I realize that the beautiful spot in Switzerland is where the supposed brightest and best gather for a few sessions, yet the gathered crowd appears to grow more incapable every year at solving the globe's biggest problems. Perhaps the reason is because those gathered are not only intelligent and connected, but are, in fact, incredibly wealthy -- remote and removed from the everyday problems faced by average citizens in both developing and developed nations. There seem to be no effective solutions for growing unemployment, the decline of democracy, the yawning gap between rich and poor, and a world financial system seemingly out of control.
China's growth, while enviable, is slowing. But power is opaque here, a problem in a globalized world, and the government controls information flow. It in the midst, like America, of a power struggle over who will run their nation. America is undertaking a noisy and disruptive election process while China is undergoing a power struggle behind closed doors as to who will run the superpower for the next 10 years.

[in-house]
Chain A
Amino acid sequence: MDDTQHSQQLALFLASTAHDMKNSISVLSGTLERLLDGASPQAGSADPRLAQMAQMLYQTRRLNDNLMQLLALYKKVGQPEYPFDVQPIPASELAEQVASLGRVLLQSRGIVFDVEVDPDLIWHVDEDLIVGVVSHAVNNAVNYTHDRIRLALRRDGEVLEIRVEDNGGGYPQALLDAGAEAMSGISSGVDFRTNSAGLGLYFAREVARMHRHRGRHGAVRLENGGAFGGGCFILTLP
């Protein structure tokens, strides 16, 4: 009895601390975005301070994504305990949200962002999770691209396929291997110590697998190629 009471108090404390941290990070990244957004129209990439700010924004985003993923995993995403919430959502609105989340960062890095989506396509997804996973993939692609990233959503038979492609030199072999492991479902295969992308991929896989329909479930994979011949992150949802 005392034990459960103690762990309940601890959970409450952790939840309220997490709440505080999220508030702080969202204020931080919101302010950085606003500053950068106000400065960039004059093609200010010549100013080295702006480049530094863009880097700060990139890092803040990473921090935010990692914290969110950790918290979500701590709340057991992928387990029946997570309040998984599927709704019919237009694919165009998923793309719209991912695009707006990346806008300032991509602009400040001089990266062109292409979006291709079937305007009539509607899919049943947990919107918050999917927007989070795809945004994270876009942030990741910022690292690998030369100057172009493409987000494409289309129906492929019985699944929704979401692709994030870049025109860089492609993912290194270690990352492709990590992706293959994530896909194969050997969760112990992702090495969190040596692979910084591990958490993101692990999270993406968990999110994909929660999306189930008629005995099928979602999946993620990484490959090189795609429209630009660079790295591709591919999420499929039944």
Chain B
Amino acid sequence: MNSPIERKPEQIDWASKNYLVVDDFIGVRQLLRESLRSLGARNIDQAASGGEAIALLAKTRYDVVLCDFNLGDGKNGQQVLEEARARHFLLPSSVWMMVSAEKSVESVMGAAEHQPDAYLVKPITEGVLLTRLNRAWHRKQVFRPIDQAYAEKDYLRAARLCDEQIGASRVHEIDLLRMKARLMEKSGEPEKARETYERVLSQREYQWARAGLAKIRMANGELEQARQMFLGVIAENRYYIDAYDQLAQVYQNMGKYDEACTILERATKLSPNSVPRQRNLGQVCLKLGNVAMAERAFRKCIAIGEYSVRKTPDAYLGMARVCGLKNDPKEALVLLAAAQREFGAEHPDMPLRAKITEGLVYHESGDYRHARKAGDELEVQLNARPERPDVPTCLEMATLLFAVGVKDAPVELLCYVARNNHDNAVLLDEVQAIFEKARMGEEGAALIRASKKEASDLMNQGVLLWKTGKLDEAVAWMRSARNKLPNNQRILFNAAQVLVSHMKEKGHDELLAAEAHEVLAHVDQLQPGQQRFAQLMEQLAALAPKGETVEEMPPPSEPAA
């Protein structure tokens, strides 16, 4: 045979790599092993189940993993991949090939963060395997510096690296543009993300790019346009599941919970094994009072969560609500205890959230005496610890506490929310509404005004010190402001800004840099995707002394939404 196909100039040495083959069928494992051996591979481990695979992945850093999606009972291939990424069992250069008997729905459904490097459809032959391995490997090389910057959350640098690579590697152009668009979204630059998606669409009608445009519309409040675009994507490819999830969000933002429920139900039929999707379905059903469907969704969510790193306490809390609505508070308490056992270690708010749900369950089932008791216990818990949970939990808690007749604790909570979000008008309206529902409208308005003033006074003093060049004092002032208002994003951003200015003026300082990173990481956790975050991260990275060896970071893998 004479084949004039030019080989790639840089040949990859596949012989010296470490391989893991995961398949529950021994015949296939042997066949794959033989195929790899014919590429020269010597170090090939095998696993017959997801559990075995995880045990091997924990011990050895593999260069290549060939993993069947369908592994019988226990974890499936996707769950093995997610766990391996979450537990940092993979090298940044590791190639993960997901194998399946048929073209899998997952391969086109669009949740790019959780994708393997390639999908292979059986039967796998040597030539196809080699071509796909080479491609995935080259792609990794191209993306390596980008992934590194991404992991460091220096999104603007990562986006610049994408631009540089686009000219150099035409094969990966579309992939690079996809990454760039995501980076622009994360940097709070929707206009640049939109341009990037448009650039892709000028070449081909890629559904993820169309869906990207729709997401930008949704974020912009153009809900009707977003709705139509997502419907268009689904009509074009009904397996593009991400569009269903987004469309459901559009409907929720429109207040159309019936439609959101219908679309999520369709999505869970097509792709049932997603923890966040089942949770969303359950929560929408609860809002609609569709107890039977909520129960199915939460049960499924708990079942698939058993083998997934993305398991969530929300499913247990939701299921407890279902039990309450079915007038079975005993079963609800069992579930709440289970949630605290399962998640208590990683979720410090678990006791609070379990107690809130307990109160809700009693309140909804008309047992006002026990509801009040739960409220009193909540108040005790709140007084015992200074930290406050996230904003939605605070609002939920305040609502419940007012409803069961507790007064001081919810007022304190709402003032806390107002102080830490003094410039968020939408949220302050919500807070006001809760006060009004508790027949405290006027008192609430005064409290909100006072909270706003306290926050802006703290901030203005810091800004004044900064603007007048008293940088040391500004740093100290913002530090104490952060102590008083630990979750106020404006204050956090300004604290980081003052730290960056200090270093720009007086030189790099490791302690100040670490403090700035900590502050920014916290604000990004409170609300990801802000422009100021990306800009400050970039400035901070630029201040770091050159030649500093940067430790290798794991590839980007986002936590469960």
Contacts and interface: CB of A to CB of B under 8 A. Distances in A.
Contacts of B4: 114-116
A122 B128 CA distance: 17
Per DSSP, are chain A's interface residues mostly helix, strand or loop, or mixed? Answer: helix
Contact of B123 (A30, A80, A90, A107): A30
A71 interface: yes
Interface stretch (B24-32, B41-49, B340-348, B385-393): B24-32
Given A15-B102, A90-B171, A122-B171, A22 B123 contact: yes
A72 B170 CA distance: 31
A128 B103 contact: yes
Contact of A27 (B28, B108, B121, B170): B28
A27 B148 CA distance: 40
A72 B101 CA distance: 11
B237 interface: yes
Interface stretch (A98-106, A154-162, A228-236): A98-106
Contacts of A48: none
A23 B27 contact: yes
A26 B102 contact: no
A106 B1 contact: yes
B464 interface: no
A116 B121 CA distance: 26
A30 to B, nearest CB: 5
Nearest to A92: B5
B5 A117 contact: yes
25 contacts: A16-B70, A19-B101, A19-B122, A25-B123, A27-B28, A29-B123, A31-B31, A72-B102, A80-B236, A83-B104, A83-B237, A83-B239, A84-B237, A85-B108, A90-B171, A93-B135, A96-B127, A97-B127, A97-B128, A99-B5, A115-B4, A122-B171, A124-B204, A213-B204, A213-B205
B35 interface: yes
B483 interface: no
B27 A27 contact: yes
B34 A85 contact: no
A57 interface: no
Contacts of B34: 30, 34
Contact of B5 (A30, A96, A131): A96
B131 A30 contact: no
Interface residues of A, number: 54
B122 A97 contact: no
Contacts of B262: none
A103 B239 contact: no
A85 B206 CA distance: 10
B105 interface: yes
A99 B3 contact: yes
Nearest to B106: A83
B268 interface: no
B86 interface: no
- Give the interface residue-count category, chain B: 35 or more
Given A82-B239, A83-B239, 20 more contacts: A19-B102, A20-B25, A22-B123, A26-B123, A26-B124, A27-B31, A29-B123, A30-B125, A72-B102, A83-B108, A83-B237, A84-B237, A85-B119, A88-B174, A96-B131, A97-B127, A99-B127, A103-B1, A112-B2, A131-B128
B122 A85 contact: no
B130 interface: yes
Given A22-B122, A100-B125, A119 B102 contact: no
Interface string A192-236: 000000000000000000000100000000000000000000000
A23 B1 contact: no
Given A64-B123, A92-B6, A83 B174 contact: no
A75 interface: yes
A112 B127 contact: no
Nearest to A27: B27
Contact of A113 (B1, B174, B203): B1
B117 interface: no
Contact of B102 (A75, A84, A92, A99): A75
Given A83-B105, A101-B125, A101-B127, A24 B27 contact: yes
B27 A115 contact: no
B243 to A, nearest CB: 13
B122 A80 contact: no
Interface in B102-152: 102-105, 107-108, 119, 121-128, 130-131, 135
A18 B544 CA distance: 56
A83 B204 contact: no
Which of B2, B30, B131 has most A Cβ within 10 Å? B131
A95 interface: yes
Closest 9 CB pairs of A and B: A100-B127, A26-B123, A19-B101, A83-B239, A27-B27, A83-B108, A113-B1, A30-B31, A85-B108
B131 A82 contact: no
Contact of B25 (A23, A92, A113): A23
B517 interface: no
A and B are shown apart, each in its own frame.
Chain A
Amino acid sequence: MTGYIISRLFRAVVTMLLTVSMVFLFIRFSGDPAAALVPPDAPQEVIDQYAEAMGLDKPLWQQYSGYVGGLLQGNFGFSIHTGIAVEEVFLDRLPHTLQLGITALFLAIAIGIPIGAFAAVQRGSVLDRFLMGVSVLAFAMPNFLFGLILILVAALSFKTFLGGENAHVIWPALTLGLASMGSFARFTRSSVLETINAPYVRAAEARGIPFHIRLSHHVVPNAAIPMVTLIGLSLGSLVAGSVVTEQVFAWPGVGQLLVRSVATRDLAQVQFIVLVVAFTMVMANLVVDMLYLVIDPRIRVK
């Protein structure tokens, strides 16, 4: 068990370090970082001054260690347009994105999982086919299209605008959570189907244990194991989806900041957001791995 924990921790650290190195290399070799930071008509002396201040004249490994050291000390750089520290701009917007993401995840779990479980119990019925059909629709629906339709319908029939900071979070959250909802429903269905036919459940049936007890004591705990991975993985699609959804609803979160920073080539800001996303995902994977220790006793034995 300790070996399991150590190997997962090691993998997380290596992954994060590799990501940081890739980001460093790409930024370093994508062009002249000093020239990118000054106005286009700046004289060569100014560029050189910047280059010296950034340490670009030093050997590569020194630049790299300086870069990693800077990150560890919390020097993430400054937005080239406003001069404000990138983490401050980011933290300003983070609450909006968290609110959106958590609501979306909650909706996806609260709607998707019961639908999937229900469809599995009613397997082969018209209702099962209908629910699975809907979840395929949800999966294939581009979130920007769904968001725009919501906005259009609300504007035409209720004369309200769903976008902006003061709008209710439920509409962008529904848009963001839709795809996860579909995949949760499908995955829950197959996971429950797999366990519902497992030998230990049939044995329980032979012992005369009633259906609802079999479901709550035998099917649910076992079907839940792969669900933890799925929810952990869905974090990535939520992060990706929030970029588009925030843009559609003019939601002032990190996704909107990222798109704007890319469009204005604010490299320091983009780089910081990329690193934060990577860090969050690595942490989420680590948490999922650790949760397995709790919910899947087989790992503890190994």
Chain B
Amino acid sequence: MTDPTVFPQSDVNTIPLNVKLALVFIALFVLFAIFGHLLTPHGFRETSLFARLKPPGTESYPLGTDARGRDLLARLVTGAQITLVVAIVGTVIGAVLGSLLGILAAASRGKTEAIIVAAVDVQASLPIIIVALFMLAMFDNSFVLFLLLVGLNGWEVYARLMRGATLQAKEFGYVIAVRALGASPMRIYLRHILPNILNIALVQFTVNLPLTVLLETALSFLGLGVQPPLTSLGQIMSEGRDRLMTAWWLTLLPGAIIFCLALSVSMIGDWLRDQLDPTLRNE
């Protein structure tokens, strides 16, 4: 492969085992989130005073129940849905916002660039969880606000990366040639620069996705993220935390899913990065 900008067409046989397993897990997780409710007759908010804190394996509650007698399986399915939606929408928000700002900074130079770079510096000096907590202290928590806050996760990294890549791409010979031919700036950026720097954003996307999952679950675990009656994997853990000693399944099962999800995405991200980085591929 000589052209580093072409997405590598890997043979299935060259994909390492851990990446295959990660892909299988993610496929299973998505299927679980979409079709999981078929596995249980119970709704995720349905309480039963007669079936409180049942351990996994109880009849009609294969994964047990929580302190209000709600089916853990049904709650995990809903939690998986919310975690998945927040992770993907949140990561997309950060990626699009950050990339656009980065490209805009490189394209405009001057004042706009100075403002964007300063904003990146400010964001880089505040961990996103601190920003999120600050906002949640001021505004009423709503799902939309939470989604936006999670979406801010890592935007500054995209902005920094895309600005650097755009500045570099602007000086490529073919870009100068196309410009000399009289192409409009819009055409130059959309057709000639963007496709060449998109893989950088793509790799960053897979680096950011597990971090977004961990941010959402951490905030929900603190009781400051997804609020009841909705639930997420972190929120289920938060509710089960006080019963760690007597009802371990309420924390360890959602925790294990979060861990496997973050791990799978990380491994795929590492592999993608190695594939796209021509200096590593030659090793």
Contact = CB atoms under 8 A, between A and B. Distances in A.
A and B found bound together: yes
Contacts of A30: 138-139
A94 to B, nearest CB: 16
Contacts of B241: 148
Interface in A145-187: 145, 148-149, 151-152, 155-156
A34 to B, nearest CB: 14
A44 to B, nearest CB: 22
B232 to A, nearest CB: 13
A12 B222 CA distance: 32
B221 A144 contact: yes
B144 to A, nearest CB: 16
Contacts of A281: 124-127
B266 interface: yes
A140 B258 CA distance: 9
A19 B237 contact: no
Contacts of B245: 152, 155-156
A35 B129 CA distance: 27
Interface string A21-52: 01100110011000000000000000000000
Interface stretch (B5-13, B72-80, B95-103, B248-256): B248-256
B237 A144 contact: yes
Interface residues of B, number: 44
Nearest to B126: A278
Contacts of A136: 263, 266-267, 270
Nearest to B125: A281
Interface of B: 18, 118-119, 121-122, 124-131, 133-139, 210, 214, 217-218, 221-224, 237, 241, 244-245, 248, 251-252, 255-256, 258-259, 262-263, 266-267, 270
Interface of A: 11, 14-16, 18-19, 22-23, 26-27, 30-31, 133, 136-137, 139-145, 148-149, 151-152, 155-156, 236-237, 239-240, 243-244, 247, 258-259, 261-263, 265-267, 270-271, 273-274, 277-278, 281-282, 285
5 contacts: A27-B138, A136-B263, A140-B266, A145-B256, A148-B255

Women in the U.S. are offered zero paid maternity leave, and they're practically the only ones. More women are going to school and joining the workforce but then -- boom! -- babies. And yes, while more and more Americans are working from home, there is little hope that a single shift will alleviate a working mother's workload. The shift needs to be one of national legislative proportions.
While it recently played host to the Oslo Freedom Forum, Norway's capital is gripped by the Anders Breivik trial. What happens at the Breivik trial has a bearing on the libertarian and humanitarian values that underly the Forum -- one that is neither left wing nor right win, and has highlighted oppression and dissident courage in places as various as China, Singapore, Turkish Kurdistan, India and Sudan.
"Severe income disparity" is the most likely risk facing business and political leaders according to the World Economic Forum's Global Risk 2012 Report. This finding really caught me by surprise. So while the Occupy movement isn't anywhere on the agenda, here at Davos, its impact has been very much felt.